A noninvasive intraprocedural device called the FlowMet-R intraprocedural monitoring system (Laser Associated Sciences; Figure 1) received 510(k) clearance from the FDA in February 2019. This device uses a modified form of laser speckle imaging referred to as affixed transmission speckle analysis to provide quantitative and real-time measurements of volumetric blood flow rates within digits. Unlike ABI and TBI, the device is not affected by arterial calcification.2

Given the previously discussed issues, we embarked on using the FlowMet-R intraprocedural monitoring system as a tool for intraprocedural assessment of blood flow. The device offers two metrics of real-time, continuous blood flow information: (1) flow value, which quantifies blood flow using a numeric scale; and (2) velocity waveform, which reflects real-time changes in blood flow during the cardiac cycle, enabling the characterization of blood flow as “normal” or “abnormal.”

The following case example demonstrates how the dual-modality feedback from the FlowMet-R intraprocedural monitoring system can guide the intervention. A man in his late 70s with diabetes mellitus, hypertension, and a history of compensated congestive heart failure presented with a nonhealing ischemic wound on his second toe. A noninvasive exam showed multivessel disease involving the trifurcation vessels, with a TBI of 0.15 and toe pressure of 22 mm Hg. Angiography revealed occluded anterior and posterior tibial arteries and a 50% to 60% focal stenosis of the midperoneal artery (Figure 2A).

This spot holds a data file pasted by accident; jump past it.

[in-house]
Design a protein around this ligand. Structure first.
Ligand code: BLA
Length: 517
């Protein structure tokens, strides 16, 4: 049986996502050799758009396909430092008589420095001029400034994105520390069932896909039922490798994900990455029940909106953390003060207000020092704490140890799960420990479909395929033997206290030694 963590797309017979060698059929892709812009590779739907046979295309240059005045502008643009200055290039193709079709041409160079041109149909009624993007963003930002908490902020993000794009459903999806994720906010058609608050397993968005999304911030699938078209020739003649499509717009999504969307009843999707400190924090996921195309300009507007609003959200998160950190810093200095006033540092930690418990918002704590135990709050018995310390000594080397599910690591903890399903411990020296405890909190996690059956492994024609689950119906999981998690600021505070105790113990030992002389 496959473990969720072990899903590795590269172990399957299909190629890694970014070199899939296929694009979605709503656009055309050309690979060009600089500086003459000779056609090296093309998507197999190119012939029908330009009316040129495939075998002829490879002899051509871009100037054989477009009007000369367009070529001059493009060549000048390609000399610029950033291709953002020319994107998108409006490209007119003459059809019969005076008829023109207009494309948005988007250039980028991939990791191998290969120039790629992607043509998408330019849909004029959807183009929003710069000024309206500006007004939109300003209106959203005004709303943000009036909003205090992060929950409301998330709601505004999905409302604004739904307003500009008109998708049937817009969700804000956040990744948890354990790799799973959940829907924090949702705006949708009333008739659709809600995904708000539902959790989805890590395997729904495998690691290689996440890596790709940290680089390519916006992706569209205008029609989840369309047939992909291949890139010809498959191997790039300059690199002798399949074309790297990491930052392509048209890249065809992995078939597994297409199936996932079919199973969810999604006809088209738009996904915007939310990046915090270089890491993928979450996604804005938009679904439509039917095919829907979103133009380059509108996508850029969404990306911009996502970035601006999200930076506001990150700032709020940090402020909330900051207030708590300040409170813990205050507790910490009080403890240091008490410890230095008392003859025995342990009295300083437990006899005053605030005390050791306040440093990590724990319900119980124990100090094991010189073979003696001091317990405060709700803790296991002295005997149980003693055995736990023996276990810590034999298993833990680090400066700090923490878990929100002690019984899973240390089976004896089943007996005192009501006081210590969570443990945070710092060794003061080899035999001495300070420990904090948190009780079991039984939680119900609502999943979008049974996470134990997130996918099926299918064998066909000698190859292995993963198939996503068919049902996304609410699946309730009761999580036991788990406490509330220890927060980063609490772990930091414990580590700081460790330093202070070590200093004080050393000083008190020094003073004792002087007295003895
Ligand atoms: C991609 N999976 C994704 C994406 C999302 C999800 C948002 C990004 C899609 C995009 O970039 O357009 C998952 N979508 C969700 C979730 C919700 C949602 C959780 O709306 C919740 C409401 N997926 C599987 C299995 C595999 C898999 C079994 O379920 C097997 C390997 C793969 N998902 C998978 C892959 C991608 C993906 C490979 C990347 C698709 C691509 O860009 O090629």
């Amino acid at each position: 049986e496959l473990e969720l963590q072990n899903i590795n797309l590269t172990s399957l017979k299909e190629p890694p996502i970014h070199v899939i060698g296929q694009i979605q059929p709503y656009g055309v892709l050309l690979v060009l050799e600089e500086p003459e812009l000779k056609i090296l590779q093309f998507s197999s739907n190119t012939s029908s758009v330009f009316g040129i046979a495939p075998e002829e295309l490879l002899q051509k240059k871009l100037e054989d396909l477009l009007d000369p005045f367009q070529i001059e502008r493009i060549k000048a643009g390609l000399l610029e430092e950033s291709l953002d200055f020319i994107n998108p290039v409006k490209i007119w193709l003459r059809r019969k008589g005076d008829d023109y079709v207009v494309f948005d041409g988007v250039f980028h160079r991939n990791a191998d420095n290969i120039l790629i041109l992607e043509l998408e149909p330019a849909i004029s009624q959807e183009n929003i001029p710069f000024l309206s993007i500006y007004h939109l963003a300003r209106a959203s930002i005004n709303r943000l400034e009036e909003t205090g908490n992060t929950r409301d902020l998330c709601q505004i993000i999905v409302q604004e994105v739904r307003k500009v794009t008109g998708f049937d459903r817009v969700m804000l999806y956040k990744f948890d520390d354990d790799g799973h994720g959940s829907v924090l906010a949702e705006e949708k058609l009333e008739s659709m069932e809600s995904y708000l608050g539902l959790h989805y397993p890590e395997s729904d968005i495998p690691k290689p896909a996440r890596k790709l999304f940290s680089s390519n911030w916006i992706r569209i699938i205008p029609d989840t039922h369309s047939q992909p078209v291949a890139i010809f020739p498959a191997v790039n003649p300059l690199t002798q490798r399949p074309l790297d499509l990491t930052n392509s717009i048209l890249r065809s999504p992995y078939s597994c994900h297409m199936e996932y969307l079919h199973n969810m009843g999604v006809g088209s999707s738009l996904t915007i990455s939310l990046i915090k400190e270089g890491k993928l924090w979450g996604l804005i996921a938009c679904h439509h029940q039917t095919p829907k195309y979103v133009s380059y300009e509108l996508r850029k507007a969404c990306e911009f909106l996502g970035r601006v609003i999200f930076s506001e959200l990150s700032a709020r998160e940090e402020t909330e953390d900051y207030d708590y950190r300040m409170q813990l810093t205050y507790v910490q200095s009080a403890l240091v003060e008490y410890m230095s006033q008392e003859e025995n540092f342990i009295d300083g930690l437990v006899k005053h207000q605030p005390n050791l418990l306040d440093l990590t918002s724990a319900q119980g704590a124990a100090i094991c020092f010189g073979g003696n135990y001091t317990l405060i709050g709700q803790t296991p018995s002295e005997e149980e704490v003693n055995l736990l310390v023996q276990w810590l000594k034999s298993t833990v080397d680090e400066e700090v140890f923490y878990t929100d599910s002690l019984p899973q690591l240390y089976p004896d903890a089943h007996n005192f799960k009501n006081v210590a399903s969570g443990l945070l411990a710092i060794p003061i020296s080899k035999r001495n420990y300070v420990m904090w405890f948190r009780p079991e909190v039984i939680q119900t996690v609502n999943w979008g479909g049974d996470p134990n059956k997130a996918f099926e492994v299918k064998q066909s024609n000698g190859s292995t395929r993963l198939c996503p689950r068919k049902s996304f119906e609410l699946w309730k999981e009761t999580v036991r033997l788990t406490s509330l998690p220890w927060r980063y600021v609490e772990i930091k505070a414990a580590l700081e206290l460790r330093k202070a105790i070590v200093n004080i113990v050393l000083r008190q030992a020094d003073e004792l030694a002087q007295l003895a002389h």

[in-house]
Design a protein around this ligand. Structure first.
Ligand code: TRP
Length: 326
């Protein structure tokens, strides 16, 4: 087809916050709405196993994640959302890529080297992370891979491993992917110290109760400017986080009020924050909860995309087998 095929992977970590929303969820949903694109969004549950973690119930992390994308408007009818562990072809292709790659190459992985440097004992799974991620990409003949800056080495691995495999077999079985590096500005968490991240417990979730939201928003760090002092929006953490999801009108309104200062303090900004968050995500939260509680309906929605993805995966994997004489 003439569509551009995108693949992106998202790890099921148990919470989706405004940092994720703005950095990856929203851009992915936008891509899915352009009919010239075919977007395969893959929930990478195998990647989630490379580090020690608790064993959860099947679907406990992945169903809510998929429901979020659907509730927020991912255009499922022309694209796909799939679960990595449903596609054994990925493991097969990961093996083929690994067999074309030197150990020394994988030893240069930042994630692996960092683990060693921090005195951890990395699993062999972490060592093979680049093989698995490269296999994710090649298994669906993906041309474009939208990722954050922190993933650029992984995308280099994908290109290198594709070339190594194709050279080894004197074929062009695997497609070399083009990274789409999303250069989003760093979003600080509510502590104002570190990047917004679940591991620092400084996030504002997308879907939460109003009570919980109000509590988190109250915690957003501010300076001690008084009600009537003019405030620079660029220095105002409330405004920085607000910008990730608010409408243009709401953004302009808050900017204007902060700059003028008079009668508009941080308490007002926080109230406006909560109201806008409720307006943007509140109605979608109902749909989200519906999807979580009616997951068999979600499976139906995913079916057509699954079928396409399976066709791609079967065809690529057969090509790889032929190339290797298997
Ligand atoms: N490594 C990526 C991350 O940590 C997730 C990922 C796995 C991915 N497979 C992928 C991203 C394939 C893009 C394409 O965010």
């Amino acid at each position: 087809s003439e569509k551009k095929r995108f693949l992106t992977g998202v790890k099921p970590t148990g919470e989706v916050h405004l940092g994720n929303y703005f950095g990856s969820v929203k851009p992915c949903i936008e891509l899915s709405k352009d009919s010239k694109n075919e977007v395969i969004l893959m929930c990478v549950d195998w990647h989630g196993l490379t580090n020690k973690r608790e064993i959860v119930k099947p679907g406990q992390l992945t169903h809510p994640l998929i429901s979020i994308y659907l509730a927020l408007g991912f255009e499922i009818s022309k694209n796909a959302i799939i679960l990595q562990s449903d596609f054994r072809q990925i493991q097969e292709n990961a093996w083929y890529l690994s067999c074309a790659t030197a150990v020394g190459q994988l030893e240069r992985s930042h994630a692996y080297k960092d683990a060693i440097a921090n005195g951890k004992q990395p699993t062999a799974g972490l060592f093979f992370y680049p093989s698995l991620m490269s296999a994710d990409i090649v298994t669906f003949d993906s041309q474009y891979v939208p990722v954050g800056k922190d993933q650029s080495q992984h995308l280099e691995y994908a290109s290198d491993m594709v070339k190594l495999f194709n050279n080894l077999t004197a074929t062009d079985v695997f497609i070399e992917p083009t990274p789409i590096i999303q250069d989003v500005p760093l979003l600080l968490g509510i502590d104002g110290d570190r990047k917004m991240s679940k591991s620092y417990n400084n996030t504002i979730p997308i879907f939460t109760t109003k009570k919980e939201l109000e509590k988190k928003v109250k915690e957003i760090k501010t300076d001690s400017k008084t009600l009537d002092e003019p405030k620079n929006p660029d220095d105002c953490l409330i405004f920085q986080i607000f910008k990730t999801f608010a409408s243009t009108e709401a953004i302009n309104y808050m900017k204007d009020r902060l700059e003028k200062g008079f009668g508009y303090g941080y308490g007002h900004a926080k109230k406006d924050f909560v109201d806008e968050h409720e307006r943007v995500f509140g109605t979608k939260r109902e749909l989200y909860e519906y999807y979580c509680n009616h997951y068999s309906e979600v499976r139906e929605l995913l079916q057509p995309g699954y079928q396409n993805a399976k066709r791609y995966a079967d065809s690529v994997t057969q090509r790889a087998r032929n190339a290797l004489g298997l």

There was reconstitution of the anterior tibial artery (ATA) above the ankle, with the dorsalis pedis as the only vessel supplying blood to the toes (Figure 2B). The flow reading was in a range consistent with TBI and with what I see in my patients with CLI (Figure 2C).

Figure 2. Baseline arteriography showing occlusion of anterior and posterior tibial arteries and reconstitution of ATA above the ankle (A, B). The FlowMet-R system flow values display showing low blood flow in the CLI range (C).

After recanalization and balloon dilation of the ATA, the flow improved to above the CLI threshold in my practice (Figure 3A and 3B). Magnified views of the mid-ATA showed recoil in a short segment of the vessel (see the arrows in Figure 3C).